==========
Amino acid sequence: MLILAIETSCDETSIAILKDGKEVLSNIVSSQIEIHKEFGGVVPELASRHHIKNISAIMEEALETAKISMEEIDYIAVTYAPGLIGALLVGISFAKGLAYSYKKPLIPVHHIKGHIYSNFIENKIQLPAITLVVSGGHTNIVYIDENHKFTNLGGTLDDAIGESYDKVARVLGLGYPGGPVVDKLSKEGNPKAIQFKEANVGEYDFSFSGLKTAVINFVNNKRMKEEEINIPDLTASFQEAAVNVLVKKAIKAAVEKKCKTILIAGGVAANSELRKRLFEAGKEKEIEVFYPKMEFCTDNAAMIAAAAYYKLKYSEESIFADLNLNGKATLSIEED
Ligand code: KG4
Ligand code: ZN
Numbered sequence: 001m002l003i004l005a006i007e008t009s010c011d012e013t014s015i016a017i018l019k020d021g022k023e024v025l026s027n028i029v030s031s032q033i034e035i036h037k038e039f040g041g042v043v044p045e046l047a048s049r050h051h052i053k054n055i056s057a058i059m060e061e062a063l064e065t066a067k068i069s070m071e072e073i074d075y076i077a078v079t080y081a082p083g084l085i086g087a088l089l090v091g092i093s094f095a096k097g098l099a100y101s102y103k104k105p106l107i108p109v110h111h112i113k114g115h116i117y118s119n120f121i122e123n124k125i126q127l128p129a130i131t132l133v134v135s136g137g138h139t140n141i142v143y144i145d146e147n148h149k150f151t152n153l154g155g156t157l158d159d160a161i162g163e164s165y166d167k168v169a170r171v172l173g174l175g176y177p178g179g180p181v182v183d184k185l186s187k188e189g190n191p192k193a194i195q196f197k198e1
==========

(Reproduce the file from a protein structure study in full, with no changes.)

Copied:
Amino acid sequence: MLILAIETSCDETSIAILKDGKEVLSNIVSSQIEIHKEFGGVVPELASRHHIKNISAIMEEALETAKISMEEIDYIAVTYAPGLIGALLVGISFAKGLAYSYKKPLIPVHHIKGHIYSNFIENKIQLPAITLVVSGGHTNIVYIDENHKFTNLGGTLDDAIGESYDKVARVLGLGYPGGPVVDKLSKEGNPKAIQFKEANVGEYDFSFSGLKTAVINFVNNKRMKEEEINIPDLTASFQEAAVNVLVKKAIKAAVEKKCKTILIAGGVAANSELRKRLFEAGKEKEIEVFYPKMEFCTDNAAMIAAAAYYKLKYSEESIFADLNLNGKATLSIEED
Ligand code: KG4
Ligand code: ZN
Numbered sequence: 001m002l003i004l005a006i007e008t009s010c011d012e013t014s015i016a017i018l019k020d021g022k023e024v025l026s027n028i029v030s031s032q033i034e035i036h037k038e039f040g041g042v043v044p045e046l047a048s049r050h051h052i053k054n055i056s057a058i059m060e061e062a063l064e065t066a067k068i069s070m071e072e073i074d075y076i077a078v079t080y081a082p083g084l085i086g087a088l089l090v091g092i093s094f095a096k097g098l099a100y101s102y103k104k105p106l107i108p109v110h111h112i113k114g115h116i117y118s119n120f121i122e123n124k125i126q127l128p129a130i131t132l133v134v135s136g137g138h139t140n141i142v143y144i145d146e147n148h149k150f151t152n153l154g155g156t157l158d159d160a161i162g163e164s165y166d167k168v169a170r171v172l173g174l175g176y177p178g179g180p181v182v183d184k185l186s187k188e189g190n191p192k193a194i195q196f197k198e1